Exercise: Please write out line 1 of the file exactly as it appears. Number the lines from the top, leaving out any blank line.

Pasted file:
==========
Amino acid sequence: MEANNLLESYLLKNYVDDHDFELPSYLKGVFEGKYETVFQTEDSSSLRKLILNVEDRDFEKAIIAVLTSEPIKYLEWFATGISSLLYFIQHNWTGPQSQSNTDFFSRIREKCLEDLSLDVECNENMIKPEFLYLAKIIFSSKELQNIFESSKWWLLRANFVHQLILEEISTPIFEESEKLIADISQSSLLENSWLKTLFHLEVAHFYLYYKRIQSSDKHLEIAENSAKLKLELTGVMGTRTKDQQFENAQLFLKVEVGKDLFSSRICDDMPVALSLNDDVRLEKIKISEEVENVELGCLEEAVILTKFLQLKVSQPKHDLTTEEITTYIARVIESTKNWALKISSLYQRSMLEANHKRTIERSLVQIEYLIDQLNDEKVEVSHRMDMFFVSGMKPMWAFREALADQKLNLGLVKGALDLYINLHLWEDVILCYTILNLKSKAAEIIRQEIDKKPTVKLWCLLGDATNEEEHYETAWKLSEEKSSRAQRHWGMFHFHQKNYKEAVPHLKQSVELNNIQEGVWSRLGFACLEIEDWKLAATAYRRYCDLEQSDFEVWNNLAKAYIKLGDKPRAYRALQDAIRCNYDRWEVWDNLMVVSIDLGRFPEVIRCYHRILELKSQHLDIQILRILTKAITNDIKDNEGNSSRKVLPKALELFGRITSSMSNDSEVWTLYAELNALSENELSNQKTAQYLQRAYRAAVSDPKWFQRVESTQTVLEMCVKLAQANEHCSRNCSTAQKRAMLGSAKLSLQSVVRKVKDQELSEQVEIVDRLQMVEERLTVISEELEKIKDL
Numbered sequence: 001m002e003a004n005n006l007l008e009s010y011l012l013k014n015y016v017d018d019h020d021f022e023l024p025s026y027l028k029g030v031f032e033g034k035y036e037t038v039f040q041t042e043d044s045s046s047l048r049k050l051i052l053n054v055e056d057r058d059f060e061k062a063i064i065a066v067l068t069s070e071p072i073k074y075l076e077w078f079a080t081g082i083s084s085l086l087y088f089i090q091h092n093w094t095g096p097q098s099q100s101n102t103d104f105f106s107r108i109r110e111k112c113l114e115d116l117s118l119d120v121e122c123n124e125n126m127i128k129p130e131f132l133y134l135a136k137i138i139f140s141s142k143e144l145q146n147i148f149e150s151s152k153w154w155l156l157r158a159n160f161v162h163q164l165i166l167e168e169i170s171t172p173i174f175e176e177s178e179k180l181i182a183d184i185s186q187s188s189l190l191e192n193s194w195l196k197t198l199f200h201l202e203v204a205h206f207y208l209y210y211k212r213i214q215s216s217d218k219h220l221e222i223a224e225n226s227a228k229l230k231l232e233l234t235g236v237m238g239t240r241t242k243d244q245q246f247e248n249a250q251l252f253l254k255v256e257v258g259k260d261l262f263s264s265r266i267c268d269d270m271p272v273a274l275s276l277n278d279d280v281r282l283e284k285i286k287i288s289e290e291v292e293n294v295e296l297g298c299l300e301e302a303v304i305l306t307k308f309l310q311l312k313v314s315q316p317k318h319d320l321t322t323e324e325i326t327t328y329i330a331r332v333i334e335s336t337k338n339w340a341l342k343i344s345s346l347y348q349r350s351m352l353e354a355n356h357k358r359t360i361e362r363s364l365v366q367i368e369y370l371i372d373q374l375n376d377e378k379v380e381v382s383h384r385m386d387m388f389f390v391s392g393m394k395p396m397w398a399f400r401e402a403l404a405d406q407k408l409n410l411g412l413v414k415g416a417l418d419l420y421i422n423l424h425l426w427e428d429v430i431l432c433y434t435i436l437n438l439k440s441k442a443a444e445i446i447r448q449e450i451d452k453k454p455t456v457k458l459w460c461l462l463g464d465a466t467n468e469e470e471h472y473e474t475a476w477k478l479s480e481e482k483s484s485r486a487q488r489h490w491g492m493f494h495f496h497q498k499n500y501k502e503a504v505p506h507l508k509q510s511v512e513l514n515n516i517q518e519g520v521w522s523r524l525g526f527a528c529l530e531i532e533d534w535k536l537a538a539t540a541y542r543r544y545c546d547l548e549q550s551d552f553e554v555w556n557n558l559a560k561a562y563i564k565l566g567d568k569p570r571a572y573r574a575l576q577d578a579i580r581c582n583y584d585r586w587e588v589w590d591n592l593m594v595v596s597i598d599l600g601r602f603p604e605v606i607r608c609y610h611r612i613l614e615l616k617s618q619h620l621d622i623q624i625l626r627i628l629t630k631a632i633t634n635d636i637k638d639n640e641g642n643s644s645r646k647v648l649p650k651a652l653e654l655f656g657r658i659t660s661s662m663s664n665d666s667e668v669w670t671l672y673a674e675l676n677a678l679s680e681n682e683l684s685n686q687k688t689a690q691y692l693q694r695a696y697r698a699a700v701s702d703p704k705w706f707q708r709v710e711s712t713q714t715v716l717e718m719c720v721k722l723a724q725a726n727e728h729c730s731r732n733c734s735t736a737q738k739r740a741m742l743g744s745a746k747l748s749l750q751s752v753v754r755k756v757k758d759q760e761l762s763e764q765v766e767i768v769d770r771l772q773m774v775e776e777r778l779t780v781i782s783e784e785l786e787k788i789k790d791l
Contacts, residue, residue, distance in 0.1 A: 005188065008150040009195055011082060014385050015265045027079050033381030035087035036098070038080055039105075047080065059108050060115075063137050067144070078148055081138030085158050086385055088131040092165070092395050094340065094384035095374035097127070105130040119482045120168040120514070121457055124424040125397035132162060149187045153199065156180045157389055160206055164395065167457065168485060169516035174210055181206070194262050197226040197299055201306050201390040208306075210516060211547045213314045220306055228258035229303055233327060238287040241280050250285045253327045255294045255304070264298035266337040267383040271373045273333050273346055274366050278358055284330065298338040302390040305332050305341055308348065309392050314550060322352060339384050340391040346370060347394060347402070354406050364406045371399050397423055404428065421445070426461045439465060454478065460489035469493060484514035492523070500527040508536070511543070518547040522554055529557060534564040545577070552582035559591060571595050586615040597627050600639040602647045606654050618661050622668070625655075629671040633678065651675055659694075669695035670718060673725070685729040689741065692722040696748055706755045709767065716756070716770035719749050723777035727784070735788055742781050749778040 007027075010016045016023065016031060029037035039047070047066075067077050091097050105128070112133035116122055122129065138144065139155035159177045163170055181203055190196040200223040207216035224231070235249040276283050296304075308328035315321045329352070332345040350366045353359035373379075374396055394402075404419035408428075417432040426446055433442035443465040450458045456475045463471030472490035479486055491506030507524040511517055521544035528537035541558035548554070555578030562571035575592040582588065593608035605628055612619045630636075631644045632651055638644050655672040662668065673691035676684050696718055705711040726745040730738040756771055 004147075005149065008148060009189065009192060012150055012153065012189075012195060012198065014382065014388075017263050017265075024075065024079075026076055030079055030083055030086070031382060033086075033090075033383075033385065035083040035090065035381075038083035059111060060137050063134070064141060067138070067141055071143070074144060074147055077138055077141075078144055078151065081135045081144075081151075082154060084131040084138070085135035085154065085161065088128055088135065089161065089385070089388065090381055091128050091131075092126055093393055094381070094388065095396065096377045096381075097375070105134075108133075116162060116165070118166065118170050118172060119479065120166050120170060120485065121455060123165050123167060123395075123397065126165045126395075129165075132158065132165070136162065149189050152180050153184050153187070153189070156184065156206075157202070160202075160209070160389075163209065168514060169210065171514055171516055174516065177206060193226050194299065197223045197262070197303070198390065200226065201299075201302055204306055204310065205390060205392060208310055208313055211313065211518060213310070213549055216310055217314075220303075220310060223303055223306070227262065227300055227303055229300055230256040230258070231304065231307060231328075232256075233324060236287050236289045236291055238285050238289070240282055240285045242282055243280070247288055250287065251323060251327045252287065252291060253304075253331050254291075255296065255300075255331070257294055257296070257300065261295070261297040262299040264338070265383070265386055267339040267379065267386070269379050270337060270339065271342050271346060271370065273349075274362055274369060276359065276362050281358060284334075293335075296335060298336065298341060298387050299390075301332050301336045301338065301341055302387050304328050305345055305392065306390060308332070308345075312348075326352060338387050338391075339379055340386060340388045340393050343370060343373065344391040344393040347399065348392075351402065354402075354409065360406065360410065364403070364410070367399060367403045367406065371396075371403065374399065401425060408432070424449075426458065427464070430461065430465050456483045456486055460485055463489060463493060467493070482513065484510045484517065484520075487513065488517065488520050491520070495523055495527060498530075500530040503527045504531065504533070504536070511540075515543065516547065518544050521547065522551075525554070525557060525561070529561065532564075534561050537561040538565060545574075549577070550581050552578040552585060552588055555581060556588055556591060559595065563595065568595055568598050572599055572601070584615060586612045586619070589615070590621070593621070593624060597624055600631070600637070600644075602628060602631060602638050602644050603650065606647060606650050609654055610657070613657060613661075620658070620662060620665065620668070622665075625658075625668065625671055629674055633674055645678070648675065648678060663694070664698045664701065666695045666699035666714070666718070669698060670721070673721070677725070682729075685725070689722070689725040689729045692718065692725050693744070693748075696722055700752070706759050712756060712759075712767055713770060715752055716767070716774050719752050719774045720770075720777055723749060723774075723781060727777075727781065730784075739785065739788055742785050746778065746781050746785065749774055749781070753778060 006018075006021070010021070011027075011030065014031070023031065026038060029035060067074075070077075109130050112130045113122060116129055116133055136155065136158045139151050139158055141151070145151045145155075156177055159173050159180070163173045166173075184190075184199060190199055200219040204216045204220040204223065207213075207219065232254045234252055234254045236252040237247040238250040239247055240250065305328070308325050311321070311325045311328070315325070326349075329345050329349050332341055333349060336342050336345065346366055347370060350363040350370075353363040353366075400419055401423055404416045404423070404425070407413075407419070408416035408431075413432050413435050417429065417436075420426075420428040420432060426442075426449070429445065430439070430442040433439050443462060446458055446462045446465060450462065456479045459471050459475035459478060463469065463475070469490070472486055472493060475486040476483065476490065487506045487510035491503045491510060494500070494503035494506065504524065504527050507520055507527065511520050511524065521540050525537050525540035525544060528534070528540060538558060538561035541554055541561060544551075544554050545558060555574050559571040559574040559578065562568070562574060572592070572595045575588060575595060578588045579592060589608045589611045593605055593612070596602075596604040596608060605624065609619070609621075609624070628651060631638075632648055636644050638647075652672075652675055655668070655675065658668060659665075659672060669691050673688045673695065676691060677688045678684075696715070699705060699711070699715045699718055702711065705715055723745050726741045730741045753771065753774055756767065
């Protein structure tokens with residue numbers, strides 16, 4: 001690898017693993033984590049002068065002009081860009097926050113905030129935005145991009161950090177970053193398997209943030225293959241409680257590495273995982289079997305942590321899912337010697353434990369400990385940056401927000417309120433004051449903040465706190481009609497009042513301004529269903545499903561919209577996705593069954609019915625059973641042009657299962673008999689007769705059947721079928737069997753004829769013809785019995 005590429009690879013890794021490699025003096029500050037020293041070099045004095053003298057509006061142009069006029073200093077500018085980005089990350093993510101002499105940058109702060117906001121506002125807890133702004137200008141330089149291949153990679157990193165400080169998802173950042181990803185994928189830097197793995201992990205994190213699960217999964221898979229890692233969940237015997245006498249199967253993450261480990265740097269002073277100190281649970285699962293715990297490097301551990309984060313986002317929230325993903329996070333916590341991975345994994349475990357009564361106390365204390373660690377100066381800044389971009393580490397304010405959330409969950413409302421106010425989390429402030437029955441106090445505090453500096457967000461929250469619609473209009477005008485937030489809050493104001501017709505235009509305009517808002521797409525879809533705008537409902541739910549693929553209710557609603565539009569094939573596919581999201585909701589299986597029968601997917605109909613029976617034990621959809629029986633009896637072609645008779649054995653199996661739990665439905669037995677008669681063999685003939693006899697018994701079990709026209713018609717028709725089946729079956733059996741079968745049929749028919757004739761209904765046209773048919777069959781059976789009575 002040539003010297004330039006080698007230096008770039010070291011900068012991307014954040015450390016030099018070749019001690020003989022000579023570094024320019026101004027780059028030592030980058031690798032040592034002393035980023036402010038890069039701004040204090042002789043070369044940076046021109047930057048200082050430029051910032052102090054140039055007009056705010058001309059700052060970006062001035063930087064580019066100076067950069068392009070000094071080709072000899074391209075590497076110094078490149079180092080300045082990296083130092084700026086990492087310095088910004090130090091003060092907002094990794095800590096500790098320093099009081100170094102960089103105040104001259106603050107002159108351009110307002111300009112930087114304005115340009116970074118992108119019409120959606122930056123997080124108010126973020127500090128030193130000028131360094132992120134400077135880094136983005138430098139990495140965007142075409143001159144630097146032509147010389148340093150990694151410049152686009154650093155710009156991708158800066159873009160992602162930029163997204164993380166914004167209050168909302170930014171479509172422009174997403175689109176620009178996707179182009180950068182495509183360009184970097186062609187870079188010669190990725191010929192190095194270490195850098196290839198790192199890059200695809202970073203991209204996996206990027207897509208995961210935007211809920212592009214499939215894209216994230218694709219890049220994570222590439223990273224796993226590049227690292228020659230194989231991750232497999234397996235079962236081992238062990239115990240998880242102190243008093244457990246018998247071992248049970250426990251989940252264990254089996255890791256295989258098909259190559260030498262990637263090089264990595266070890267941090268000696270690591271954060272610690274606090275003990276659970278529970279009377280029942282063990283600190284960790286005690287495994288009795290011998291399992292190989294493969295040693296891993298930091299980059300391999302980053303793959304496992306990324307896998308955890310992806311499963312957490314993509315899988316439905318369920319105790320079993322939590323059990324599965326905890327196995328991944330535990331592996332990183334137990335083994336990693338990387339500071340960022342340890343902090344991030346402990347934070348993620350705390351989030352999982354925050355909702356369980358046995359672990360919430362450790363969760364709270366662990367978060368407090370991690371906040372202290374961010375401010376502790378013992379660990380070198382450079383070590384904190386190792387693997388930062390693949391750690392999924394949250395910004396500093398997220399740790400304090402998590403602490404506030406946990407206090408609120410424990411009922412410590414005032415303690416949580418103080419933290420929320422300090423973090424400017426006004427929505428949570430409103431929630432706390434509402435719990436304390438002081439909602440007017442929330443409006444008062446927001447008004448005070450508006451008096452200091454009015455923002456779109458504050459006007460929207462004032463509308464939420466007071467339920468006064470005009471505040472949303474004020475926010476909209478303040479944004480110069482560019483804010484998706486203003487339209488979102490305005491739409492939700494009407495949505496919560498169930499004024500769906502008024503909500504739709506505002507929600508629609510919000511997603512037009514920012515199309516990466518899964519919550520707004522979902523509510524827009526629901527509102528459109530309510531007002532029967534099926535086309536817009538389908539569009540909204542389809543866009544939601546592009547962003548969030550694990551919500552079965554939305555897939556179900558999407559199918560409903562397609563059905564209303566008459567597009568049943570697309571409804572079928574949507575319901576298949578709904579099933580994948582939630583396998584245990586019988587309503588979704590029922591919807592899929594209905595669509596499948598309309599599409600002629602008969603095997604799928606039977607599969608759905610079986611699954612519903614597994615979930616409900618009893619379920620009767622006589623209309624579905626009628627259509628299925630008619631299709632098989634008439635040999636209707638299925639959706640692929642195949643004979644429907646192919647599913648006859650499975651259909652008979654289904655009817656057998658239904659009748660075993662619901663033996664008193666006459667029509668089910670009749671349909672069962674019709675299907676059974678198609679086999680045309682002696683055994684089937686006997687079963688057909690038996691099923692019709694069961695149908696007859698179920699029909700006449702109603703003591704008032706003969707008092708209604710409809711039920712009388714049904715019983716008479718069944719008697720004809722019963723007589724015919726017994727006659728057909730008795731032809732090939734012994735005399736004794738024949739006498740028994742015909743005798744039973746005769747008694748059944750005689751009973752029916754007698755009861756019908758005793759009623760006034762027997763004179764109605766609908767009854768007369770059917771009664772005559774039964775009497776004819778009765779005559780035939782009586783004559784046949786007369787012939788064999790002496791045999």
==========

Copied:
Amino acid sequence: MEANNLLESYLLKNYVDDHDFELPSYLKGVFEGKYETVFQTEDSSSLRKLILNVEDRDFEKAIIAVLTSEPIKYLEWFATGISSLLYFIQHNWTGPQSQSNTDFFSRIREKCLEDLSLDVECNENMIKPEFLYLAKIIFSSKELQNIFESSKWWLLRANFVHQLILEEISTPIFEESEKLIADISQSSLLENSWLKTLFHLEVAHFYLYYKRIQSSDKHLEIAENSAKLKLELTGVMGTRTKDQQFENAQLFLKVEVGKDLFSSRICDDMPVALSLNDDVRLEKIKISEEVENVELGCLEEAVILTKFLQLKVSQPKHDLTTEEITTYIARVIESTKNWALKISSLYQRSMLEANHKRTIERSLVQIEYLIDQLNDEKVEVSHRMDMFFVSGMKPMWAFREALADQKLNLGLVKGALDLYINLHLWEDVILCYTILNLKSKAAEIIRQEIDKKPTVKLWCLLGDATNEEEHYETAWKLSEEKSSRAQRHWGMFHFHQKNYKEAVPHLKQSVELNNIQEGVWSRLGFACLEIEDWKLAATAYRRYCDLEQSDFEVWNNLAKAYIKLGDKPRAYRALQDAIRCNYDRWEVWDNLMVVSIDLGRFPEVIRCYHRILELKSQHLDIQILRILTKAITNDIKDNEGNSSRKVLPKALELFGRITSSMSNDSEVWTLYAELNALSENELSNQKTAQYLQRAYRAAVSDPKWFQRVESTQTVLEMCVKLAQANEHCSRNCSTAQKRAMLGSAKLSLQSVVRKVKDQELSEQVEIVDRLQMVEERLTVISEELEKIKDL